Some of these modules are already existing, like the integrated audio and hands tracking ones. Others are a bit more mysterious: smell emitting is being developed by a 3rd party (VAQSO?) but is currently not available; the same holds for eye tracking, that, according to Pimax CEO will enable automatically foveated rendering on the Pimax. Inside-out tracking may make the headset work free of the Lighthouse stations, but it is mysterious as well.
Hands tracking instead has been made in collaboration with Leap Motion and works awesomely. From the reports, the tracking is super stable and the range of tracking is very wide, so I guess that they’ve implemented Leap Motion v2.
I like a lot the idea of pluggable accessories and I think that a similar open ecosystem is beneficial for the Pimax headset. And if the announced mysterious devices will come out shipping what they promise, they can add an enormous value to the Pimax HMD.
Kickstarter version and timing
Currently, you can preorder on Kickstarter the Pimax headset that you wish (5K, 8K or 8K X) alone or in a bundle with Pimax lighthouse stations and controllers. The first wave of headsets should ship in December 2017 and the other ones in Q1 2018. About the X, maybe it will ship in Q2.
It is unclear neither when the consumer version of this headset will come out, nor its features. The only statement is that “the consumer version will be better packaged and crafted, and the price would be different”. Backers are afraid that they’ll just get a prototype while consumers will have the final product, but Pimax has said that it is not the truth. In my opinion, for sure they’ll make some adjustments to the headset from the crowdfunding to the consumer version using the backers’ feedbacks, but I don’t expect to see a revolution.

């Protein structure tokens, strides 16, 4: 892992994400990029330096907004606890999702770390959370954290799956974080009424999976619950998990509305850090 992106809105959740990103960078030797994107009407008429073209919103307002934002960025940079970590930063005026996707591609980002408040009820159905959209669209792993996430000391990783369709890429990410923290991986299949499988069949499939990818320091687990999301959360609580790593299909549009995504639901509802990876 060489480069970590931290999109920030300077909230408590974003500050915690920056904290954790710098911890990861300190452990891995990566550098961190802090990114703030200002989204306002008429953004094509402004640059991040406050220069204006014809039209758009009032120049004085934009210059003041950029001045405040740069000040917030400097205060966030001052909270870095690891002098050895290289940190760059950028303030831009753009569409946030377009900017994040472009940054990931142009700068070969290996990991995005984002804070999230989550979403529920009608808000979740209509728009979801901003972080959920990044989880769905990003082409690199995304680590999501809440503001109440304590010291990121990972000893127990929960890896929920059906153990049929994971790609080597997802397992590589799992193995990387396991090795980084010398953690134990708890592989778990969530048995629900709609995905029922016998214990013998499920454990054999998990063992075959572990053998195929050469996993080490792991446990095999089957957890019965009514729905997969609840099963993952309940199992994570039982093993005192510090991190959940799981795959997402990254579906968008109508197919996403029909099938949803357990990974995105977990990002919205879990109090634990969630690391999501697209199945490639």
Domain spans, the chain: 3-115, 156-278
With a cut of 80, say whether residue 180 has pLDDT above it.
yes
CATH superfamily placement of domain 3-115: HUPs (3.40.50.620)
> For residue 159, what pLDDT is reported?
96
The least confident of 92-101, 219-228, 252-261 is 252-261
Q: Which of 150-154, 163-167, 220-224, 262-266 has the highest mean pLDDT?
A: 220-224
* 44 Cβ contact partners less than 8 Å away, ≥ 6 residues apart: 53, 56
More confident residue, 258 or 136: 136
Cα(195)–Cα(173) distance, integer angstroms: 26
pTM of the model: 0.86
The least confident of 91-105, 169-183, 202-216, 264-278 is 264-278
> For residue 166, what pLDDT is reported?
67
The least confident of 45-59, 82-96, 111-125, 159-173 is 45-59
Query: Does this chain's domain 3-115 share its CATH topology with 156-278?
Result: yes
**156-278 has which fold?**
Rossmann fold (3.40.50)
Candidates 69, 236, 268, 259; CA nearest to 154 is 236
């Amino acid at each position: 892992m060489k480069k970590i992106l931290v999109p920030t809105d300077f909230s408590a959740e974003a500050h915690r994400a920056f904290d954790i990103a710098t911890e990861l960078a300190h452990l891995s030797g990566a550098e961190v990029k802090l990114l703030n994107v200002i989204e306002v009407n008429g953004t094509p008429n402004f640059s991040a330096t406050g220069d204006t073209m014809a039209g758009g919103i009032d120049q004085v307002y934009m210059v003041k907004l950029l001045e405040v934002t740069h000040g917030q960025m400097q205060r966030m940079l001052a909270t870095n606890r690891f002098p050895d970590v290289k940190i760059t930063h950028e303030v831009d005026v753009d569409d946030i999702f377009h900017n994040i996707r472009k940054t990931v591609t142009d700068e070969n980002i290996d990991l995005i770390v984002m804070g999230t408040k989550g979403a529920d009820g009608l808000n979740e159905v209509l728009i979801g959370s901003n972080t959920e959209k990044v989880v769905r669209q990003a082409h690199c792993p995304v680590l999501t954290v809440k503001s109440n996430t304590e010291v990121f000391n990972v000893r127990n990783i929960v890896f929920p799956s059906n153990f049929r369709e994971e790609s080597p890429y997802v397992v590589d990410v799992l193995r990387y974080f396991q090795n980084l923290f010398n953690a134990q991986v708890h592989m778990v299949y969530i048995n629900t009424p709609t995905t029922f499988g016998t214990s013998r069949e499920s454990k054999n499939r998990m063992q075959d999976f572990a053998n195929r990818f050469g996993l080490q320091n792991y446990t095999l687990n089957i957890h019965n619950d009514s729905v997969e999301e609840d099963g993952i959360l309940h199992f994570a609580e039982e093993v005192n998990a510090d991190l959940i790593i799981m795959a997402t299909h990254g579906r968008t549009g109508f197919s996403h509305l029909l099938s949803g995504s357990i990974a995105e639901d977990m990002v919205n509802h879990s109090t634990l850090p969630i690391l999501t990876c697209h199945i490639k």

After the Kickstarter campaign, you will be able to buy the different Pimax devices (including lighthouse stations and controllers) on Pimax website and Amazon.
Pimax 8K costs $499, while 8K X costs $699. Add +$300 if you want the full package bundle, that includes Lighthouse stations and controllers. After the Rift and Vive prices slashes, this doesn’t seem a cheap price, but I think that due to its performances, you’re paying the right amount for a good innovative product.
On Kickstarter, there’s actually also a 5K device. I haven’t given it much attention, because feedbacks on it aren’t much enthusiastic… they say that it doesn’t appear much better than the 4K version. It has 2*2560×1440 resolution and 200FOV. For all the rest, it is identical to the 8K device.
Given the big success, we are all waiting for Kickstarter stretch goals. Pimax has hinted that maybe everyone will get the deluxe strap featuring integrated headphones as a gift. That would be cool. I’ll keep you updated: stretch goals should be announced on September, 25th.